Are you an aromantic or otherwise queer person wanting more text patch designs for three, four, six and twelve-stripe pride flags? Do you crave patches depicting longer words like “aromantic asexual”? I now have a complete alphabet, with wide letters great for larger objects, to accompany my many four-stripe block text patterns. Plus patterns for the words “aromantic”, “asexual”, “alterous” and “nope” … and even “wtf” for my fellow quoi folks!
You’ll need familiarity with cross stitch (full crosses and fractional stitches) and backstitch to make unedged patches, along with buttonhole stitch to make the edged patches shown above. The first instalment of this patch tutorial series demonstrates cross and blanket/buttonhole stitch, while the second covers backstitch. While these patterns use fractional stitches to round off most letters, they can be omitted for a more pixellated look.
Folks after patterns suitable for five and ten-stripe pride flags should check out my other Aro Alphabet posts!
Notes on Pattern Structure
Full coloured blocks indicate a full cross stitch. Letter outlines indicate backstitch.
Blocks divided on the diagonal by a line of backstitch, each half a different colour, indicate quarter stitches. Please see my first text tutorial and my pride text tutorial for more information on backstitching outlines and placing quarter/fractional stitches.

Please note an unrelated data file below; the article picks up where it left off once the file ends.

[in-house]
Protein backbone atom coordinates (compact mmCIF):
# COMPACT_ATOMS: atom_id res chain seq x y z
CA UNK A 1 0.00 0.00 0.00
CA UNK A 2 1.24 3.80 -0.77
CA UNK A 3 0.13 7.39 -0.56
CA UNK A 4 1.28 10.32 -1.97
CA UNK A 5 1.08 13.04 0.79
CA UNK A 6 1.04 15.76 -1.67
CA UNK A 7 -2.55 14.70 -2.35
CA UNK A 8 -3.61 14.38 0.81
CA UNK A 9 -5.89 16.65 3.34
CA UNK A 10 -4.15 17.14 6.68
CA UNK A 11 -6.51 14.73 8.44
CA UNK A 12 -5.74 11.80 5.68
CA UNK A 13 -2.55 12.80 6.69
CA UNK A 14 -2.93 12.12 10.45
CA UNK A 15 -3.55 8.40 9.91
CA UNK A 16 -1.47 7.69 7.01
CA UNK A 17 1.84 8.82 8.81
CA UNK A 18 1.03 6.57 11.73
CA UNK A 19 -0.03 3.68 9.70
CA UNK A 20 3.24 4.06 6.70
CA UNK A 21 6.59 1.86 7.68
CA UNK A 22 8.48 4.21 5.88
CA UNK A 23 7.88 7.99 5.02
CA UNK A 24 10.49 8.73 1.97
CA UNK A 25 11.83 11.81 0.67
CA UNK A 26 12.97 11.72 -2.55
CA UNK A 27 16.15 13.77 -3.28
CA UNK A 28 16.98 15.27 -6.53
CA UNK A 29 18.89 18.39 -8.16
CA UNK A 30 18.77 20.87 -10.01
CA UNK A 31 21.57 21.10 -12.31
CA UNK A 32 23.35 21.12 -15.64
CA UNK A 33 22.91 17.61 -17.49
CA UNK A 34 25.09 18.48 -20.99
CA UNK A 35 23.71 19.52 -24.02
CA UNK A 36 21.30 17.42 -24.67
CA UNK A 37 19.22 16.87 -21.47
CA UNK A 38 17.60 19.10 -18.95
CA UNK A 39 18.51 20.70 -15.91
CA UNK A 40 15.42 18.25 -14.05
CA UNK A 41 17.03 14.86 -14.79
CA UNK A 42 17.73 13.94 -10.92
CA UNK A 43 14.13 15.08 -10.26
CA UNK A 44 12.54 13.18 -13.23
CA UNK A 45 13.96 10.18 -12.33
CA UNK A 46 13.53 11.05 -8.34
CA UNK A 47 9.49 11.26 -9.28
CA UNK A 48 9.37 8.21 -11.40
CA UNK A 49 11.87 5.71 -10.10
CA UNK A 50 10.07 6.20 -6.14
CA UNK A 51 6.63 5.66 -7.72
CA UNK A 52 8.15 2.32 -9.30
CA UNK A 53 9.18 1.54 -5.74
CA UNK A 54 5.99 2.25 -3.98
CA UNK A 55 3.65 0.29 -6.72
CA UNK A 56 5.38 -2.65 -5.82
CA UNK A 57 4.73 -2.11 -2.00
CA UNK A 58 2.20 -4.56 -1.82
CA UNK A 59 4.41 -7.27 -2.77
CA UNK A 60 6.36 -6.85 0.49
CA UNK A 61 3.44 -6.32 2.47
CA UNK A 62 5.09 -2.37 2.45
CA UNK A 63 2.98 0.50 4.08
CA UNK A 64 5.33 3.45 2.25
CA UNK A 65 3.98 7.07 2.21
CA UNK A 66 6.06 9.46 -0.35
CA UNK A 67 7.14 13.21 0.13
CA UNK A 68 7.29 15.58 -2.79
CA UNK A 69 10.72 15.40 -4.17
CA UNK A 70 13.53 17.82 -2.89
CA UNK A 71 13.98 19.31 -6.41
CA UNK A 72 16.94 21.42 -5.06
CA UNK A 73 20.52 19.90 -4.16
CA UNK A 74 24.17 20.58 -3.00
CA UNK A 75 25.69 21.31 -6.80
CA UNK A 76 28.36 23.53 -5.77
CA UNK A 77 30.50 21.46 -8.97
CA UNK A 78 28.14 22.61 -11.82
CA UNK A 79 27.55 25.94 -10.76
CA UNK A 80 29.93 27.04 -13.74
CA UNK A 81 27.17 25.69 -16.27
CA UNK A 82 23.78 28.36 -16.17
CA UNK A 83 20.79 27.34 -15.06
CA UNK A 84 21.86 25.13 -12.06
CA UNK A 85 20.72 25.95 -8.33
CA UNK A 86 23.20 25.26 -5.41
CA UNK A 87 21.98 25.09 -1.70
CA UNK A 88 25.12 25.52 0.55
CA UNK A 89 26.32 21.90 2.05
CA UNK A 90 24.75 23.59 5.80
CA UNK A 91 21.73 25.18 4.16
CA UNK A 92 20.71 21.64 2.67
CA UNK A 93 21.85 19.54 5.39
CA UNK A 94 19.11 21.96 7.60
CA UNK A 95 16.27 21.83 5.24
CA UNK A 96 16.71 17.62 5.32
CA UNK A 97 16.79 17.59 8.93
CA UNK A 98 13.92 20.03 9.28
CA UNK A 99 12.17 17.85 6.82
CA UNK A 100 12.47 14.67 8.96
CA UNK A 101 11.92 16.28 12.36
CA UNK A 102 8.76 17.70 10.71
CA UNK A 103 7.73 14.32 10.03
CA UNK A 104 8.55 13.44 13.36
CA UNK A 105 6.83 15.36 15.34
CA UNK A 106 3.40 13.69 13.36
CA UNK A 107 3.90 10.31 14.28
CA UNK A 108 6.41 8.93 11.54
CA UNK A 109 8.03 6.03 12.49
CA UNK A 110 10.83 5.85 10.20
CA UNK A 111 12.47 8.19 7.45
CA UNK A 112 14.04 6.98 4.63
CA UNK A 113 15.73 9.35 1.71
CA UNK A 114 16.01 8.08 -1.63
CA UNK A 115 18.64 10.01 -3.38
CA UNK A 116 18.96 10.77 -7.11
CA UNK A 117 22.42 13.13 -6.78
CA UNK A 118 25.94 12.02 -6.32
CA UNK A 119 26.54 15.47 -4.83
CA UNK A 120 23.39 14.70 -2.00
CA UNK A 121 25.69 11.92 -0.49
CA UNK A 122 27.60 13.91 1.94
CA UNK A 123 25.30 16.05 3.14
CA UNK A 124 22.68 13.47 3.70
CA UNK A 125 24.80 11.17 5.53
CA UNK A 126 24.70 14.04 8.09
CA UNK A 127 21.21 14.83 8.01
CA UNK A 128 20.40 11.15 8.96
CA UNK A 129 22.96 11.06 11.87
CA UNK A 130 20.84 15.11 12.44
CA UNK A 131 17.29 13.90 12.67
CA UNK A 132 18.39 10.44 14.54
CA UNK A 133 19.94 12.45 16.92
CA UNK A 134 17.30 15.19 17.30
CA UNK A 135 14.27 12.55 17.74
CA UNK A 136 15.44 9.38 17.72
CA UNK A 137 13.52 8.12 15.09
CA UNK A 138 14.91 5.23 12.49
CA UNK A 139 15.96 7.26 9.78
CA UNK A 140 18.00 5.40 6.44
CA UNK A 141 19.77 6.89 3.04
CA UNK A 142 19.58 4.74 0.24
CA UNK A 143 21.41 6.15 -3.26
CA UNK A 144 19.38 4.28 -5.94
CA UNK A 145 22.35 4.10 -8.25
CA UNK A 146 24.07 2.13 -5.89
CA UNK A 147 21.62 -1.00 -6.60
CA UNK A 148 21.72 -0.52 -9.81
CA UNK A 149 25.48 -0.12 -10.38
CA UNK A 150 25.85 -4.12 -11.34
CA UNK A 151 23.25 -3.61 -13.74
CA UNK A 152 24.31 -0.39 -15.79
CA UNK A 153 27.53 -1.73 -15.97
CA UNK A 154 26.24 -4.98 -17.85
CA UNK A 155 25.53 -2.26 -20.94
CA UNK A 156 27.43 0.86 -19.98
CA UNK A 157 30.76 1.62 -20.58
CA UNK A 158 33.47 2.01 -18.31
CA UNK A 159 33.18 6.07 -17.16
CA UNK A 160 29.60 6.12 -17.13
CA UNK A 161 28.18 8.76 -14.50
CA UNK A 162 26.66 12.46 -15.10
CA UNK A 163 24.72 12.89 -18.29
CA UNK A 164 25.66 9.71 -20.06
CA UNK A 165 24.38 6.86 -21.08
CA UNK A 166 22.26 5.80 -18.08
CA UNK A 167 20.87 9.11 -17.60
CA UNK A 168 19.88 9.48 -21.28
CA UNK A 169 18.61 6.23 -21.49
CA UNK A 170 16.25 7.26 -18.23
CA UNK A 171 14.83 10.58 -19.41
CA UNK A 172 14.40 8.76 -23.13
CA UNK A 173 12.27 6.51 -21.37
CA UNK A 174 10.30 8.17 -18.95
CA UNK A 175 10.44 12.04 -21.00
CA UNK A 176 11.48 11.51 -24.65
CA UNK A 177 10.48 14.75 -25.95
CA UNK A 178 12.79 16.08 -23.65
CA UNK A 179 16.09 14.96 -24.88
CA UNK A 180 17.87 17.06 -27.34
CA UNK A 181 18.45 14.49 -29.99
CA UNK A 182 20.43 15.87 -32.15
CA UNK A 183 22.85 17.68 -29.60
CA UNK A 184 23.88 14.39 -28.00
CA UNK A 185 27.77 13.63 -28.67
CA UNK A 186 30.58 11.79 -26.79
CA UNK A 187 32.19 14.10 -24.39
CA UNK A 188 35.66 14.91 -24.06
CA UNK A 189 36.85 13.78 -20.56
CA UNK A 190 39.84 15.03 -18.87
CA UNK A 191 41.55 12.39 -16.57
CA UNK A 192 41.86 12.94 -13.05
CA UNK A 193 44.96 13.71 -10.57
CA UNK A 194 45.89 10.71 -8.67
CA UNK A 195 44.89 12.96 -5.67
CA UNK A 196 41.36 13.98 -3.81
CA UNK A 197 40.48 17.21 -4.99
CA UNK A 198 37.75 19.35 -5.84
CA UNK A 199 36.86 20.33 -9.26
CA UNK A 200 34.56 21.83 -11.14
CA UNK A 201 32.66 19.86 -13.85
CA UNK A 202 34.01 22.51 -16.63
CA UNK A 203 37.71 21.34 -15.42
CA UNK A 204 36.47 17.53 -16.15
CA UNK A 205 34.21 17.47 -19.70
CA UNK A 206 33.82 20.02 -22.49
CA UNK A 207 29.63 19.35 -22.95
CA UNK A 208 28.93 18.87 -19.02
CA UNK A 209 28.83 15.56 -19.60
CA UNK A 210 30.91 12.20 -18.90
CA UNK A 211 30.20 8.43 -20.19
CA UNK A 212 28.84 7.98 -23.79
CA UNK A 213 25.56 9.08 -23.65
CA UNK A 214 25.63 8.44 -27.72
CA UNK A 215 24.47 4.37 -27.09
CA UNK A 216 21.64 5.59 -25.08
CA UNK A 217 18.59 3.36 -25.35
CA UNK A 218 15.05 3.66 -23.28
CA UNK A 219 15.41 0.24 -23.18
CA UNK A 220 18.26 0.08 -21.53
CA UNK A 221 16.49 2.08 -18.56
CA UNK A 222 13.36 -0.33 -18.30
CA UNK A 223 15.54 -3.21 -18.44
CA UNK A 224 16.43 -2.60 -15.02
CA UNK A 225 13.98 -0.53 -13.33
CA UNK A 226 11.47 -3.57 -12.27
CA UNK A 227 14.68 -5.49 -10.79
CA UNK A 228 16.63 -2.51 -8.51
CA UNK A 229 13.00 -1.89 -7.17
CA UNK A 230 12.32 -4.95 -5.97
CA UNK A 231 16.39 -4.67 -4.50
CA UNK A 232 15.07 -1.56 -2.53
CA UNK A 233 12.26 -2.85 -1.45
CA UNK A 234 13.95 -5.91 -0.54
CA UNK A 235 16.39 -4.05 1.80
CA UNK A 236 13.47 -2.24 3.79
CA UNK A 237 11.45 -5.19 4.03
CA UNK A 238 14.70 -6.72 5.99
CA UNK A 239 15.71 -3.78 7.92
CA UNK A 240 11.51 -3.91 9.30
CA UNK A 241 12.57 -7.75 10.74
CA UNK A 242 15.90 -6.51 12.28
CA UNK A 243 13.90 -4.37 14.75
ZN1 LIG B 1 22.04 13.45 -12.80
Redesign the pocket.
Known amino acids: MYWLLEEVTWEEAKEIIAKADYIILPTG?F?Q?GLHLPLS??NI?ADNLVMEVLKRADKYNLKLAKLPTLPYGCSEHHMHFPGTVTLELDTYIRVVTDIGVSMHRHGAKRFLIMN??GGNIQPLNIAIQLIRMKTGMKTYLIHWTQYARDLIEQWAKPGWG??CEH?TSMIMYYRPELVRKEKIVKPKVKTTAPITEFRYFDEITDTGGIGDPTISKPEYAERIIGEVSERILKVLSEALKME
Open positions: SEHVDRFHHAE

Space for edging your patch is not shown in the patterns below. You’ll need to allow additional blocks for this when cutting your swatch, depending on how narrow or thick you like your edges.
Letter Patterns: Alphabet
All letters are twelve blocks/stitches high, comprising four horizontal stripes formed by three rows of stitches.
All letters save “I”, “M” and “W” are nine blocks/stitches wide:
The letter “I” is three stitches wide, while “M” and “W” are twelve stitches wide.
These patterns show two blocks/stitches’ space between each letter, as this is the tracking I use for the majority of my text designs. This can be increased or decreased as preferred.
This chart shows how to convert the four-stripe alphabet patterns for three, six and twelve-stripe flags:
A three-stripe flag (far left) requires four rows of stitches per stripe, while a six-stripe flag (centre right) requires two rows of stitches per stripe. While these letters can be divided into twelve stripes (far right), or sewn in various combinations of wider and narrower stripes that fit a twelve-block base, they aren’t suitable for other flag styles if you wish accurately-even stripes.
Text Patterns: A-Spec
While I create these alphabets so you can make any pride-themed text, I’ve expanded my twelve-block pattern collection with more ready-to-stitch identity terms!
The four-stripe “alterous” pattern fits a rectangle 88 stitches wide and 16 stitches high. Assuming a three stitch border, as for my other patches, this means you’ll want a 91 x 19 block swatch plus any excess (if used unmodified).
The four-stripe “aromantic” pattern fits a rectangle 98 stitches wide and 16 stitches high. Assuming a three stitch border, as for my other patches, this means you’ll want a 101 x 19 block swatch plus any excess (if used unmodified).